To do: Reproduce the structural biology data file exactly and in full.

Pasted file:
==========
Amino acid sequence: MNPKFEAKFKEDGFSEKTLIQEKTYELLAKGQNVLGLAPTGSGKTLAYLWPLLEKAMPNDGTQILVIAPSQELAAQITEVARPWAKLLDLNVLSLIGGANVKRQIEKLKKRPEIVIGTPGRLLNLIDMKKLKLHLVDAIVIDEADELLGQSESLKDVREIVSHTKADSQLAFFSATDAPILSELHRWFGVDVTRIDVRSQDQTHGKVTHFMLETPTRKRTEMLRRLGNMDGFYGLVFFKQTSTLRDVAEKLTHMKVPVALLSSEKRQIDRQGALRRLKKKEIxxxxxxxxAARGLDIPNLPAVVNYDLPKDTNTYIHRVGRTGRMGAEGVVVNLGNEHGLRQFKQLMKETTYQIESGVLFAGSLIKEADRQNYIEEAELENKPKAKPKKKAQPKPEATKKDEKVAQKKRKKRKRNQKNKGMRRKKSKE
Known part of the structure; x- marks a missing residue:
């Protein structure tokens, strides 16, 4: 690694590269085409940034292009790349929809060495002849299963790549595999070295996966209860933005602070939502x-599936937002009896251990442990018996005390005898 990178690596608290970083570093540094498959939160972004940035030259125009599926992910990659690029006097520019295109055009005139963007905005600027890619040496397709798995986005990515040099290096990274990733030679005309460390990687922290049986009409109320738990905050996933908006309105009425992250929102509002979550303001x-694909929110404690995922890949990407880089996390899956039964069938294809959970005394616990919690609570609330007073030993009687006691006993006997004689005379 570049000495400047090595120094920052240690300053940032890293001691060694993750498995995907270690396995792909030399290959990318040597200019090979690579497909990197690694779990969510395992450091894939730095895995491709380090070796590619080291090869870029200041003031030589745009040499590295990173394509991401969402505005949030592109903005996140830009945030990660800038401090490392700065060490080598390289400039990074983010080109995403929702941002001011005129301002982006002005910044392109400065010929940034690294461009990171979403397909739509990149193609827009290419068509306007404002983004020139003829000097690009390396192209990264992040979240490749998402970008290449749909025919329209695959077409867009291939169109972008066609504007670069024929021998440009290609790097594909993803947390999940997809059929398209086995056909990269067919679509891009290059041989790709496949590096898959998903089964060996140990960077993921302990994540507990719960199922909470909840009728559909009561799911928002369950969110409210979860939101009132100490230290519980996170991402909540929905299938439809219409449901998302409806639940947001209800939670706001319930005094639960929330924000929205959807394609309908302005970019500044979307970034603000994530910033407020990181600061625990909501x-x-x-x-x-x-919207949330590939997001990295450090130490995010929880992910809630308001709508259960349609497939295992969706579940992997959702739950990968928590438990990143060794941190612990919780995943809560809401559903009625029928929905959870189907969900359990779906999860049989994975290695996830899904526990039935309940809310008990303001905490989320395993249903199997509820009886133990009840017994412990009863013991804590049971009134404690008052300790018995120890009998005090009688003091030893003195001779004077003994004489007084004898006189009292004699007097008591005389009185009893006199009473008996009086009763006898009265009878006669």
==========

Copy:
Amino acid sequence: MNPKFEAKFKEDGFSEKTLIQEKTYELLAKGQNVLGLAPTGSGKTLAYLWPLLEKAMPNDGTQILVIAPSQELAAQITEVARPWAKLLDLNVLSLIGGANVKRQIEKLKKRPEIVIGTPGRLLNLIDMKKLKLHLVDAIVIDEADELLGQSESLKDVREIVSHTKADSQLAFFSATDAPILSELHRWFGVDVTRIDVRSQDQTHGKVTHFMLETPTRKRTEMLRRLGNMDGFYGLVFFKQTSTLRDVAEKLTHMKVPVALLSSEKRQIDRQGALRRLKKKEIxxxxxxxxAARGLDIPNLPAVVNYDLPKDTNTYIHRVGRTGRMGAEGVVVNLGNEHGLRQFKQLMKETTYQIESGVLFAGSLIKEADRQNYIEEAELENKPKAKPKKKAQPKPEATKKDEKVAQKKRKKRKRNQKNKGMRRKKSKE
Known part of the structure; x- marks a missing residue:
């Protein structure tokens, strides 16, 4: 690694590269085409940034292009790349929809060495002849299963790549595999070295996966209860933005602070939502x-599936937002009896251990442990018996005390005898 990178690596608290970083570093540094498959939160972004940035030259125009599926992910990659690029006097520019295109055009005139963007905005600027890619040496397709798995986005990515040099290096990274990733030679005309460390990687922290049986009409109320738990905050996933908006309105009425992250929102509002979550303001x-694909929110404690995922890949990407880089996390899956039964069938294809959970005394616990919690609570609330007073030993009687006691006993006997004689005379 570049000495400047090595120094920052240690300053940032890293001691060694993750498995995907270690396995792909030399290959990318040597200019090979690579497909990197690694779990969510395992450091894939730095895995491709380090070796590619080291090869870029200041003031030589745009040499590295990173394509991401969402505005949030592109903005996140830009945030990660800038401090490392700065060490080598390289400039990074983010080109995403929702941002001011005129301002982006002005910044392109400065010929940034690294461009990171979403397909739509990149193609827009290419068509306007404002983004020139003829000097690009390396192209990264992040979240490749998402970008290449749909025919329209695959077409867009291939169109972008066609504007670069024929021998440009290609790097594909993803947390999940997809059929398209086995056909990269067919679509891009290059041989790709496949590096898959998903089964060996140990960077993921302990994540507990719960199922909470909840009728559909009561799911928002369950969110409210979860939101009132100490230290519980996170991402909540929905299938439809219409449901998302409806639940947001209800939670706001319930005094639960929330924000929205959807394609309908302005970019500044979307970034603000994530910033407020990181600061625990909501x-x-x-x-x-x-919207949330590939997001990295450090130490995010929880992910809630308001709508259960349609497939295992969706579940992997959702739950990968928590438990990143060794941190612990919780995943809560809401559903009625029928929905959870189907969900359990779906999860049989994975290695996830899904526990039935309940809310008990303001905490989320395993249903199997509820009886133990009840017994412990009863013991804590049971009134404690008052300790018995120890009998005090009688003091030893003195001779004077003994004489007084004898006189009292004699007097008591005389009185009893006199009473008996009086009763006898009265009878006669």